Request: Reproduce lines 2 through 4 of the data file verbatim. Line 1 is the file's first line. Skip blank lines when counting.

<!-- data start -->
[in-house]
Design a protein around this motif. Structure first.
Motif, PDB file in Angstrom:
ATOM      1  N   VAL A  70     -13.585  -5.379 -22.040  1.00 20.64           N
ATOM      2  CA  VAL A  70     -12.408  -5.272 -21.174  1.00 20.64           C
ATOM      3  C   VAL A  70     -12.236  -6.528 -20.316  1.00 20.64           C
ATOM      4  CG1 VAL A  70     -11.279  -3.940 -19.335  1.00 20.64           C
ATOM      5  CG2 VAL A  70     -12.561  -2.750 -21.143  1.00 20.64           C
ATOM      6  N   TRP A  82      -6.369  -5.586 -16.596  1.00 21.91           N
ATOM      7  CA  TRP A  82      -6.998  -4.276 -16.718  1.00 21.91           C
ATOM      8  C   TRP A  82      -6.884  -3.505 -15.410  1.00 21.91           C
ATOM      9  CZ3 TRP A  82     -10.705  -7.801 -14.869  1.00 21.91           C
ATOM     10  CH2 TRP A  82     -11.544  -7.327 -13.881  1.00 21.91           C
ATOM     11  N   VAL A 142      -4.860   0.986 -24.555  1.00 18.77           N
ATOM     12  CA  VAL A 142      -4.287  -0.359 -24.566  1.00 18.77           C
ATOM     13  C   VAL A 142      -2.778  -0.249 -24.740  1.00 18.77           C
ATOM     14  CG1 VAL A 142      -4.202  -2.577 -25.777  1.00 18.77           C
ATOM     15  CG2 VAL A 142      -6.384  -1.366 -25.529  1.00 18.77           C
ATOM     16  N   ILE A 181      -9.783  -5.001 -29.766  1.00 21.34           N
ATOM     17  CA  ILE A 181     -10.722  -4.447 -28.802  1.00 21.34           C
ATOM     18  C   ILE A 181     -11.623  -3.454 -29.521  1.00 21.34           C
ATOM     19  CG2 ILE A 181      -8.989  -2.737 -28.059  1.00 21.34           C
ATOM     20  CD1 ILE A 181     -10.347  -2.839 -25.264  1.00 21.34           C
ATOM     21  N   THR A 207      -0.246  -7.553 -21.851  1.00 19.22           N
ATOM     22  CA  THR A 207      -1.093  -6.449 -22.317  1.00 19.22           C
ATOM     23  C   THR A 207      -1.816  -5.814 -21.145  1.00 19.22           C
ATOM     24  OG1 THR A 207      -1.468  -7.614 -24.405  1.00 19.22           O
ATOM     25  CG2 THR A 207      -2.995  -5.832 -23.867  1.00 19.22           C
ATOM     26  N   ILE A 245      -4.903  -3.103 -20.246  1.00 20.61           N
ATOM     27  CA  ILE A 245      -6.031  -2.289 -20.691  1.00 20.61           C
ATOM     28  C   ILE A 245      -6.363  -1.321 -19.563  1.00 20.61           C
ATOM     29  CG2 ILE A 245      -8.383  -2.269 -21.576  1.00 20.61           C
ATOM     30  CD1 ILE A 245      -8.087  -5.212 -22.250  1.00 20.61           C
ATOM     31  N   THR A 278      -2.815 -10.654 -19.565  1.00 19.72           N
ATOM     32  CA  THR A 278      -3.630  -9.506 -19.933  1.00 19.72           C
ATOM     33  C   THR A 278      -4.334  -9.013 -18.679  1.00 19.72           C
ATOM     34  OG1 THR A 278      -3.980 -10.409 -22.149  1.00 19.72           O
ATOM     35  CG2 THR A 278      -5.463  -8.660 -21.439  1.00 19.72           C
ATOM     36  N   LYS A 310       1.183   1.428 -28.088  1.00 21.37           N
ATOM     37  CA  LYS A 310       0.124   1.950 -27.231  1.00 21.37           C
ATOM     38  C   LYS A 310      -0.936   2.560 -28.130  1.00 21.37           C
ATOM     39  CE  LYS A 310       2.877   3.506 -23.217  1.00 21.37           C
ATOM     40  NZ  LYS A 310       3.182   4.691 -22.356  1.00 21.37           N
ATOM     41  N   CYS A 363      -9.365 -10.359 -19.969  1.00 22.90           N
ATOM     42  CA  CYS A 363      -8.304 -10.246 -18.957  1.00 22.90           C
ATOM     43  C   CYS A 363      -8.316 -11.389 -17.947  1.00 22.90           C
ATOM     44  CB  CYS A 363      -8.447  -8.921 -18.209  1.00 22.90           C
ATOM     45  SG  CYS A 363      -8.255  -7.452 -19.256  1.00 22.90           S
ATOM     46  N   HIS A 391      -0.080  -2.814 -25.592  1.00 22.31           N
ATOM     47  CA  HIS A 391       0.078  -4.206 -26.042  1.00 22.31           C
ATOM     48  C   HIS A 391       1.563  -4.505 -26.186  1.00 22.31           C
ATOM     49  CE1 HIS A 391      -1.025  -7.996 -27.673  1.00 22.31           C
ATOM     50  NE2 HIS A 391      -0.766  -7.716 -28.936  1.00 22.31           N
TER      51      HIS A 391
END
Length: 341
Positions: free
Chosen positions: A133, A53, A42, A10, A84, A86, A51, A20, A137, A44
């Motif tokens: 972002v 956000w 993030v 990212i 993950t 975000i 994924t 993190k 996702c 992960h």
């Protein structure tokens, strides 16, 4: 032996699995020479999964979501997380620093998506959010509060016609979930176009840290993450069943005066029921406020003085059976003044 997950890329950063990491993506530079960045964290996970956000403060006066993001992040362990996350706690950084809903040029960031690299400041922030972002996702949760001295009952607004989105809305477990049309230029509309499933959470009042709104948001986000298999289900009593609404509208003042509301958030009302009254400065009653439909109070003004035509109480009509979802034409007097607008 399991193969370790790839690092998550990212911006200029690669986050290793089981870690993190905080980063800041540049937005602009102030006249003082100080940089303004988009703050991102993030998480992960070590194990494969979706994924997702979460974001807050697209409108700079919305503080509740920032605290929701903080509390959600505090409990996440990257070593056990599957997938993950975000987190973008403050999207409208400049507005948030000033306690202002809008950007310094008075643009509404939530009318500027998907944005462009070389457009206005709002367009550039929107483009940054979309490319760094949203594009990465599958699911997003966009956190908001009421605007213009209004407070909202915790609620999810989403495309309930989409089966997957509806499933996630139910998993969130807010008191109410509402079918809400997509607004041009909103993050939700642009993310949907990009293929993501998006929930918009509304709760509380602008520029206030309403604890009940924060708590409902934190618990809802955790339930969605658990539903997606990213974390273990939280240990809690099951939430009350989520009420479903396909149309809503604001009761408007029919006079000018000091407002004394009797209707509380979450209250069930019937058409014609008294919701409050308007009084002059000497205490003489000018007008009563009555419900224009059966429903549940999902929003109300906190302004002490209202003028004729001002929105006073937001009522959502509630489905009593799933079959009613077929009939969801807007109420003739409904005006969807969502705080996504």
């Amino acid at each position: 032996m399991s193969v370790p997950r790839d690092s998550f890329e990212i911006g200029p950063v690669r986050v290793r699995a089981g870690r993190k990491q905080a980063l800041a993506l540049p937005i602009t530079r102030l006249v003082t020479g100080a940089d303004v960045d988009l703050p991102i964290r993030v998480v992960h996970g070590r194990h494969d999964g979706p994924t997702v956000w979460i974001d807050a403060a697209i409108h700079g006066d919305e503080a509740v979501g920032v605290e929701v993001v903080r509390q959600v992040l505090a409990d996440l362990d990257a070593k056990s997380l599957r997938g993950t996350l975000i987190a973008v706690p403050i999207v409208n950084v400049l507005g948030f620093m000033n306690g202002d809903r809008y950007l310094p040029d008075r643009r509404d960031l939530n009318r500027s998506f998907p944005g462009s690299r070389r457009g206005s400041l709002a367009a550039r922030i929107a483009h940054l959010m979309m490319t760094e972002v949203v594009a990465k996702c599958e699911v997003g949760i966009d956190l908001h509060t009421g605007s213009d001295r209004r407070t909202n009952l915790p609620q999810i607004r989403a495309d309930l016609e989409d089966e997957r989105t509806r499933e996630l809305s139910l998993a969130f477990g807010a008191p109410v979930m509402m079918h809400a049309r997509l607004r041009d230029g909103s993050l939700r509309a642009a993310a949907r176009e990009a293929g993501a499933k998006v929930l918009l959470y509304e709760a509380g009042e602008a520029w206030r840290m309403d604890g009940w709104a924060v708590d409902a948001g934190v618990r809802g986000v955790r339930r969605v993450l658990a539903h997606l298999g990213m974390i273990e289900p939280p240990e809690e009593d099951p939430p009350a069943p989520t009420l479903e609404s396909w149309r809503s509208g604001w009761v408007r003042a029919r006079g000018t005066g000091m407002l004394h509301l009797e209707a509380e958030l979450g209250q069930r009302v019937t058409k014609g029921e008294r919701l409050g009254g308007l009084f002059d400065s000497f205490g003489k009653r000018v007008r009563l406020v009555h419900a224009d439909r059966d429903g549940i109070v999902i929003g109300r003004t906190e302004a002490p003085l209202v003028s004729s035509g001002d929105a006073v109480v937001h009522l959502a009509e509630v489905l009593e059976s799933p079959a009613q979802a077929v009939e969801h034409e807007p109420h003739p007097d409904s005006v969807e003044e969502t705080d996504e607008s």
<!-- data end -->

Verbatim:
Design a protein around this motif. Structure first.
Motif, PDB file in Angstrom:
ATOM      1  N   VAL A  70     -13.585  -5.379 -22.040  1.00 20.64           N